Please enter banners and links.
A little stress is good. It can be the spice of life. But when change keeps coming too hard and fast for too long, (such as in today’s world of work with all its economic challenges and uncertainties), the stress may become more than you can handle. It’s like stepping into a revolving door that’s moving so quickly you can’t get out. And even if you could, your head would spin for a while.
That’s stress. Everything appears to accelerate. The decisions and problems come faster and faster until you’re barely capable of integrating all of the changes around you. You spin from one situation to another without making effective decisions. It can be infectious, too. It only takes one stressed person to get a whole roomful of people overwrought. Eventually you hit the wall emotionally. You snap. You bark at those closest to you – on the job or at home. You experience burnout. Both falling asleep and waking the next morning become difficult. Dogged by a stressed mind, your physical health will eventually begin to fail.
There’s no simple answer to keeping stress in its appropriate place. There are a number of strategies that work on the job. Here are four suggestions:
- Remember to stop and have a laugh from time to time … and stay physically active. Research continues to prove that even a walk can bring down the stress levels.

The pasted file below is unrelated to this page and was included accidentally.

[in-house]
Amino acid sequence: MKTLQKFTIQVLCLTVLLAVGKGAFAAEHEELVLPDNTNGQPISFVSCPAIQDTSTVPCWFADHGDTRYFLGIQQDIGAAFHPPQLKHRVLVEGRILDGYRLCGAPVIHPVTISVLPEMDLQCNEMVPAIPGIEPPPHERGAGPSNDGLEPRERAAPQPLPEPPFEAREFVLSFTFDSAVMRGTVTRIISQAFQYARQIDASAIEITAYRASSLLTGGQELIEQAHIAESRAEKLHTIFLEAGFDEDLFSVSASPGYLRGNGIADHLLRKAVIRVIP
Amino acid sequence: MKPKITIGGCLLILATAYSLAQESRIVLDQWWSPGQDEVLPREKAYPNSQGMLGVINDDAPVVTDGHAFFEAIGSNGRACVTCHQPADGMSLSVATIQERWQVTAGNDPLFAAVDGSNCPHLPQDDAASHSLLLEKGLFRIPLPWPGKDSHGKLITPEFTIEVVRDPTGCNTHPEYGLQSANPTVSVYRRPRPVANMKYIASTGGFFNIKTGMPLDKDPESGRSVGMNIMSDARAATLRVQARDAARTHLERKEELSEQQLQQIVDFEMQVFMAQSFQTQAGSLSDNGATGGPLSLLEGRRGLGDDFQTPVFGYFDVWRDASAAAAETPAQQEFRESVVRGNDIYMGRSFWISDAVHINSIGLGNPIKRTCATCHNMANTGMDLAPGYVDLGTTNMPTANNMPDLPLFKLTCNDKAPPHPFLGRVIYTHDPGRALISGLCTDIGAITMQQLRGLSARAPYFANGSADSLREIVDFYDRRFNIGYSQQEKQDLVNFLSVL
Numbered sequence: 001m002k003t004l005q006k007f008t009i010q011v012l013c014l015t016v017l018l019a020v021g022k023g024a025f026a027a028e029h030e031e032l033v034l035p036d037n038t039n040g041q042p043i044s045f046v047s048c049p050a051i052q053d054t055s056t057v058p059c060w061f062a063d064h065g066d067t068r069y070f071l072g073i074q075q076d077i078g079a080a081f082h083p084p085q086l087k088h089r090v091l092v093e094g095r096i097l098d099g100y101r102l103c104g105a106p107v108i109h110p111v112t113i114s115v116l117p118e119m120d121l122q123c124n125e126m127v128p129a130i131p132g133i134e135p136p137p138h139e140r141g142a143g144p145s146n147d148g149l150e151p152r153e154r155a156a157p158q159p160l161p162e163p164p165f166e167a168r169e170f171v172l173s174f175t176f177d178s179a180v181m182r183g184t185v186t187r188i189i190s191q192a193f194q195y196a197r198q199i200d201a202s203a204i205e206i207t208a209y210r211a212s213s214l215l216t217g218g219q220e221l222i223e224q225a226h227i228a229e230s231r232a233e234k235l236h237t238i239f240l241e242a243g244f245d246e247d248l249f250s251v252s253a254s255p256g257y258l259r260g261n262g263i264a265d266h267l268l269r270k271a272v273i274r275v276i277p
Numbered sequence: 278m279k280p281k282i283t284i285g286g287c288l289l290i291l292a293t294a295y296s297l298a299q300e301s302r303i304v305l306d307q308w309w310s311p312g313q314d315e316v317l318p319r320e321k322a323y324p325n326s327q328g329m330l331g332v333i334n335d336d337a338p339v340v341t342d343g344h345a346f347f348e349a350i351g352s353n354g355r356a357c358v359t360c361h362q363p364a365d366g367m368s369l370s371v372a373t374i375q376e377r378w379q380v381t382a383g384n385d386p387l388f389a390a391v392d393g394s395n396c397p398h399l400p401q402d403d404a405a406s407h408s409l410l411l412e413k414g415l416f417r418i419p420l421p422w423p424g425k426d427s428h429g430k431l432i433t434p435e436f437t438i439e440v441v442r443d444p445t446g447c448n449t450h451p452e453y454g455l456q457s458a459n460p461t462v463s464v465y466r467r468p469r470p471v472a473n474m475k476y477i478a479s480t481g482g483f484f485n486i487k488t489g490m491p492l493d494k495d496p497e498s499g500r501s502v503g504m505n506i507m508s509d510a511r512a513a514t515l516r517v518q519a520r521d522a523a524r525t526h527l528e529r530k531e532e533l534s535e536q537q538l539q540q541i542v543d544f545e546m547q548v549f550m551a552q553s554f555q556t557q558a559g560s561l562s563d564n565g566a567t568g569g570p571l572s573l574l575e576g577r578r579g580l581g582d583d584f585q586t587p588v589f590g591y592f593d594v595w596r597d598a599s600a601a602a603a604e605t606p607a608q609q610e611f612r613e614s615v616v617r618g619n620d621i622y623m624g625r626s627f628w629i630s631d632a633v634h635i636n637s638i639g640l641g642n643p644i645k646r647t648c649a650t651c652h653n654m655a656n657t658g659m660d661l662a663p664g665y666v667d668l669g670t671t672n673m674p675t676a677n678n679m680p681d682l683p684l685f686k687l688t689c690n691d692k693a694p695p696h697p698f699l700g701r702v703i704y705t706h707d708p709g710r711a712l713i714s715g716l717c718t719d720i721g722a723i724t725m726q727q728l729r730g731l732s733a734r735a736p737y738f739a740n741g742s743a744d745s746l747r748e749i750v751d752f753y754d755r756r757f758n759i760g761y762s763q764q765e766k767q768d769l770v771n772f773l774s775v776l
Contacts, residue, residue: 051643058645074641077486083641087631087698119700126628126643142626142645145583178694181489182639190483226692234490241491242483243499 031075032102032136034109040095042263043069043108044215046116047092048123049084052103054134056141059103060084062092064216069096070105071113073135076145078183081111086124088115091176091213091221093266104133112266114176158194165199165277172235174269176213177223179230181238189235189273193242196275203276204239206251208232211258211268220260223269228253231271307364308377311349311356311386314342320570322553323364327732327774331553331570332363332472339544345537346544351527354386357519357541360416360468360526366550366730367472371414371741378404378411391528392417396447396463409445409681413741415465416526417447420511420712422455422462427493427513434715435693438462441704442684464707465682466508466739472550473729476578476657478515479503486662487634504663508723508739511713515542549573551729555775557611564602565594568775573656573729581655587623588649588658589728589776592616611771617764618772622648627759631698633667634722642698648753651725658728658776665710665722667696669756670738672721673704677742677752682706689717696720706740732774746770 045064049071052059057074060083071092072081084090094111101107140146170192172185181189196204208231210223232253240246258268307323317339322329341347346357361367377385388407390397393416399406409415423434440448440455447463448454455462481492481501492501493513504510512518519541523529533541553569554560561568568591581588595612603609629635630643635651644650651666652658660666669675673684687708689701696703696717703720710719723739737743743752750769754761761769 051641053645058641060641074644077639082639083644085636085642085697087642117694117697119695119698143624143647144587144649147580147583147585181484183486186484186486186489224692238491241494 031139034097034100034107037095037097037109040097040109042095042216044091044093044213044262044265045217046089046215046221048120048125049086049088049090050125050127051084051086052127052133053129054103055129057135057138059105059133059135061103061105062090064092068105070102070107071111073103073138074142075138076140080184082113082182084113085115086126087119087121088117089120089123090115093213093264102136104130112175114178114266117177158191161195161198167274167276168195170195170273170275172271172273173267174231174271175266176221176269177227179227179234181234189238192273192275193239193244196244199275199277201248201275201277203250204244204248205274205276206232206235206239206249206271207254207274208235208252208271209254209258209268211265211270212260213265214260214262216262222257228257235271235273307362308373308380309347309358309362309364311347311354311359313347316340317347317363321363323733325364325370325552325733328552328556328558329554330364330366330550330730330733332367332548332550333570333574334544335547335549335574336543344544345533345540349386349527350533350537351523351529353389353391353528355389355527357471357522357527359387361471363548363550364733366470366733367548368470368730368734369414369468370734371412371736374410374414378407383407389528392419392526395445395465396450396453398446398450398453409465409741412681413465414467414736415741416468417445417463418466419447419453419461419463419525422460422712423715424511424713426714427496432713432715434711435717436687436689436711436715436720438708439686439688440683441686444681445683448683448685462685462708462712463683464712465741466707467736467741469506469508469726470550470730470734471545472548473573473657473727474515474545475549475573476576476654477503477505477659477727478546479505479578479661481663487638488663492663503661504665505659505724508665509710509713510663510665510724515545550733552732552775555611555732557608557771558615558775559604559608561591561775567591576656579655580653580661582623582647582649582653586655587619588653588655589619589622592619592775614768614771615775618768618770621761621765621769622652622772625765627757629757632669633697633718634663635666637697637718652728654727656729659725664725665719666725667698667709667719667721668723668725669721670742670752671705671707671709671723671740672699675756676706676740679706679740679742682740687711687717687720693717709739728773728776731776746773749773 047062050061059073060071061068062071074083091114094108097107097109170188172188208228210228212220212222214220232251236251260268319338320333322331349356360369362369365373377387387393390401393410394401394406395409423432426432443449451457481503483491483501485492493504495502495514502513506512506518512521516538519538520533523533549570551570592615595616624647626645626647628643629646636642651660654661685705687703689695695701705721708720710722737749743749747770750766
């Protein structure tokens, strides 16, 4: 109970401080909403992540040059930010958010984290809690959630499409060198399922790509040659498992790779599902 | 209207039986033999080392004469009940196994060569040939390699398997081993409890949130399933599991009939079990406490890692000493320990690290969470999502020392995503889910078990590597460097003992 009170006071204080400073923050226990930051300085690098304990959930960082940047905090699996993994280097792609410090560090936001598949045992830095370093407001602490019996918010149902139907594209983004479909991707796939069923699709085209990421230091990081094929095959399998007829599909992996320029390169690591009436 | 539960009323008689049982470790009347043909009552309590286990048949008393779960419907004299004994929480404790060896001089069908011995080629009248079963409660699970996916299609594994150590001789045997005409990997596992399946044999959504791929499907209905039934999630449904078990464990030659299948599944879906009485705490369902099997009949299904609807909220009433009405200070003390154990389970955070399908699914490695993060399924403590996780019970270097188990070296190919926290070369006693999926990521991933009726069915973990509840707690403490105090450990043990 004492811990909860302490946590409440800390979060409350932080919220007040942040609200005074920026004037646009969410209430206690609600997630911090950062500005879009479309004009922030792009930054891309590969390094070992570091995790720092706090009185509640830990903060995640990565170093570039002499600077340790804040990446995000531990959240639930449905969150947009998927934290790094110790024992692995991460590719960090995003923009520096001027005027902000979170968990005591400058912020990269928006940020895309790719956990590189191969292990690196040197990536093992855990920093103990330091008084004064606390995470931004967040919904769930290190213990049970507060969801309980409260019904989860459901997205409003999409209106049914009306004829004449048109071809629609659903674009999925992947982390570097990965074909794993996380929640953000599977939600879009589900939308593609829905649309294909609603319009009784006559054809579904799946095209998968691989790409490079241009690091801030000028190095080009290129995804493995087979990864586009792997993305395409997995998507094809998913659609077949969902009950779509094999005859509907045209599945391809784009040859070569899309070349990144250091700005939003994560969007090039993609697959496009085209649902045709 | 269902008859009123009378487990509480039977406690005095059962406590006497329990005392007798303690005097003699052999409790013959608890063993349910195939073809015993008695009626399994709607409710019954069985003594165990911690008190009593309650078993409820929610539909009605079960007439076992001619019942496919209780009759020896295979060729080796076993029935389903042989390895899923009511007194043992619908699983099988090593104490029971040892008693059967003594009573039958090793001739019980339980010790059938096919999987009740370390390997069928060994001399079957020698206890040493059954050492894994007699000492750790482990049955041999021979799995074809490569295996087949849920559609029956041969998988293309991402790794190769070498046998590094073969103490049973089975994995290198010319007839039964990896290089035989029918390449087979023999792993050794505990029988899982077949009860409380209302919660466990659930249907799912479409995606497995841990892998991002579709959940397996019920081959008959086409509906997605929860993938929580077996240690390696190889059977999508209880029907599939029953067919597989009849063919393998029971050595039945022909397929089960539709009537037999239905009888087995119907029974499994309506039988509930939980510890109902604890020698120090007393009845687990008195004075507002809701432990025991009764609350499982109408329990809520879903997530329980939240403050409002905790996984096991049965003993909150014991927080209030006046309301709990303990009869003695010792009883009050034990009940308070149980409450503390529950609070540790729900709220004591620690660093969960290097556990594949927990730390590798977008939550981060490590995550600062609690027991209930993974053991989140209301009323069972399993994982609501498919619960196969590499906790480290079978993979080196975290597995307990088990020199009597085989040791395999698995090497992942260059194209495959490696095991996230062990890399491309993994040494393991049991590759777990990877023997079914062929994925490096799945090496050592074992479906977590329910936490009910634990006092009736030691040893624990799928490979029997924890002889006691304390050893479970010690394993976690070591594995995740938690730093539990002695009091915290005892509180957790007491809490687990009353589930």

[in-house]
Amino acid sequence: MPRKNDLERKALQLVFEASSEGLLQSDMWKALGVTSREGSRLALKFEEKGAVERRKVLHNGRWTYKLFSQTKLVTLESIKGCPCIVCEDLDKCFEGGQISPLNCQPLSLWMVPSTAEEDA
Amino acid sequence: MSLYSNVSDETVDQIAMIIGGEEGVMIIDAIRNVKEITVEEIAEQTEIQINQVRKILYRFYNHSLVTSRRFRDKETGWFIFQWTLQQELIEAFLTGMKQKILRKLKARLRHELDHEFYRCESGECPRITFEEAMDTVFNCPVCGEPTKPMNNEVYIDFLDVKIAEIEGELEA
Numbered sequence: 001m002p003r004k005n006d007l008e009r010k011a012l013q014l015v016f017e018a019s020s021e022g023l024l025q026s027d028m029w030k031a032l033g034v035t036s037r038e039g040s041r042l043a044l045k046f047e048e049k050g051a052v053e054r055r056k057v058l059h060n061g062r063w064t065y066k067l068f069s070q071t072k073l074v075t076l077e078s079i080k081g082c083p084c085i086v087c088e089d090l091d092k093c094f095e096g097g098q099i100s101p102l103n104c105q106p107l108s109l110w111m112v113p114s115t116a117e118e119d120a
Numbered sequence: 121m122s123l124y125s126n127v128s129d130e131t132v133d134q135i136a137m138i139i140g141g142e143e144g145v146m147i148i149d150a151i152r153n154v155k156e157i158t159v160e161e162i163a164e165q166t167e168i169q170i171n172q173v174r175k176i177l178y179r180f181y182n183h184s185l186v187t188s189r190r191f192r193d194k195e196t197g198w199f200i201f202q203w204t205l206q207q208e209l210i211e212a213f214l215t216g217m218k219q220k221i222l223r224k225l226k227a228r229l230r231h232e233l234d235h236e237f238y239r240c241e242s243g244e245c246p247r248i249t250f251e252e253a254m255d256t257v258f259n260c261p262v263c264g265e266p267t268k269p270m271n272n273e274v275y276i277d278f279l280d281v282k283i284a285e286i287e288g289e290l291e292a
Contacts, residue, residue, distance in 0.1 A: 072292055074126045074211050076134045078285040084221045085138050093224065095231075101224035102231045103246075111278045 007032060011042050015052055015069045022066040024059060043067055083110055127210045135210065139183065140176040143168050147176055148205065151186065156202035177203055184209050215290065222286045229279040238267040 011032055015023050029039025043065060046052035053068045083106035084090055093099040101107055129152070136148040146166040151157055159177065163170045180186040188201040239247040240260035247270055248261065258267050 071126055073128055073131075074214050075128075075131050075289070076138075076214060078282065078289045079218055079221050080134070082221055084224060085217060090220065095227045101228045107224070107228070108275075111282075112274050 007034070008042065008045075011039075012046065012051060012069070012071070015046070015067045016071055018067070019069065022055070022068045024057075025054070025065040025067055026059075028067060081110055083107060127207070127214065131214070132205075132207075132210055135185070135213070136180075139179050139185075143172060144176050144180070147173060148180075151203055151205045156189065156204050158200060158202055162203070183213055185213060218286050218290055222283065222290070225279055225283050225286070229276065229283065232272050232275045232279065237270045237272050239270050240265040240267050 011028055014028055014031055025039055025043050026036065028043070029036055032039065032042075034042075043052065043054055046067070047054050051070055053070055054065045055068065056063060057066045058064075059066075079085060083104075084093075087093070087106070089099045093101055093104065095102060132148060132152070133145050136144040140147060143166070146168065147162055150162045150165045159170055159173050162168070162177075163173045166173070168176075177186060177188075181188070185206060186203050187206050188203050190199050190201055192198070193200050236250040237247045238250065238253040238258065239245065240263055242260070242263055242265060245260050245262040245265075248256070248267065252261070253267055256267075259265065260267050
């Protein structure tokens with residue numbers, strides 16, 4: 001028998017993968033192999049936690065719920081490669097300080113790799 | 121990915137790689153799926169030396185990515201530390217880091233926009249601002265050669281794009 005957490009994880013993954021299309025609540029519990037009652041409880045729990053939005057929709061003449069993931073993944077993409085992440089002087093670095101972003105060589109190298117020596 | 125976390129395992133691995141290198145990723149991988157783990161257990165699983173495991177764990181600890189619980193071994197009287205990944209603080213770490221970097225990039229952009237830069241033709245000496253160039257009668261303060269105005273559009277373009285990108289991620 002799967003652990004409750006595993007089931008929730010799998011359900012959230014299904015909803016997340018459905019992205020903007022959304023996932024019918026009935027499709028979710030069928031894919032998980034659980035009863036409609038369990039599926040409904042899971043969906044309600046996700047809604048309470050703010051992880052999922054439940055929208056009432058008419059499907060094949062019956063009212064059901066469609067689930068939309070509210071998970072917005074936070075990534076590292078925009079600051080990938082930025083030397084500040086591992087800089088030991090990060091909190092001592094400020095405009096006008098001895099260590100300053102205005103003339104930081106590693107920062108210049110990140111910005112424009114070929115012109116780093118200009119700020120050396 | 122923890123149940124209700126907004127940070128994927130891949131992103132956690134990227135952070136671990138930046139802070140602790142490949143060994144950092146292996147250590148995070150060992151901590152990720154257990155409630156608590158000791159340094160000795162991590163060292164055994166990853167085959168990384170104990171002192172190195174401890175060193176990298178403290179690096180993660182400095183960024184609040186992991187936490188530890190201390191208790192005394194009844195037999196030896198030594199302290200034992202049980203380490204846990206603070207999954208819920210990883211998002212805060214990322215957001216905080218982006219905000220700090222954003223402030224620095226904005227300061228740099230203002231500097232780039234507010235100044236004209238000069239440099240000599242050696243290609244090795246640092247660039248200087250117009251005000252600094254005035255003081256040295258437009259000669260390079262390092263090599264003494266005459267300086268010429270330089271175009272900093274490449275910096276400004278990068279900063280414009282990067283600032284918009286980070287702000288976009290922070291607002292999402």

- Take five. In the middle of a hectic day, take your break outside the office. Go for a walk around the block. Learn to meditate or do some breathing exercises.
- Most of all try to change your perspective. Stress isn’t caused by external factors. Rather, it is caused by your response to the external factors. With a fresh, relaxed perspective, the haphazard occurrences of everyday life are less likely to cause you stress.
- A happy, productive life begins and ends with balance. You are a multi-dimensional creature with complex needs. You need, for example, to work and feel like a productive member of society. But, a balanced individual needs to set aside time for the other aspects of life, too.
There are many areas of life that require your attention:
- You need time alone to think and recharge.
- You need time with your family.
- You need time to cultivate, and associate with, friends.
- You need time to develop a sense of community.
- You need time for relaxation – sports and hobbies.
- You need time to develop your moral and ethical self.
There are at least six areas of life that require some focused attention. If you don’t learn to say “no” to work sometimes, which of the other areas is going to suffer?
When you have this type of imbalance in your life, something is bound to fail. Maybe your health will suffer or your family life will become strained. In some cases, people work to the exclusion of friendships or community involvement … and they eventually find themselves alone and depressed. Treat yourself well. Keep things in perspective. Strive for a balance among all aspects of your being. In this way, you will find that you are a more valued and capable contributor at work. There was a time when we admired people who focused solely on work to the exclusion – and detriment – of all other aspects of life. Today, however, we admire the person who knows where to draw the line and say “no” to obsessive behavior.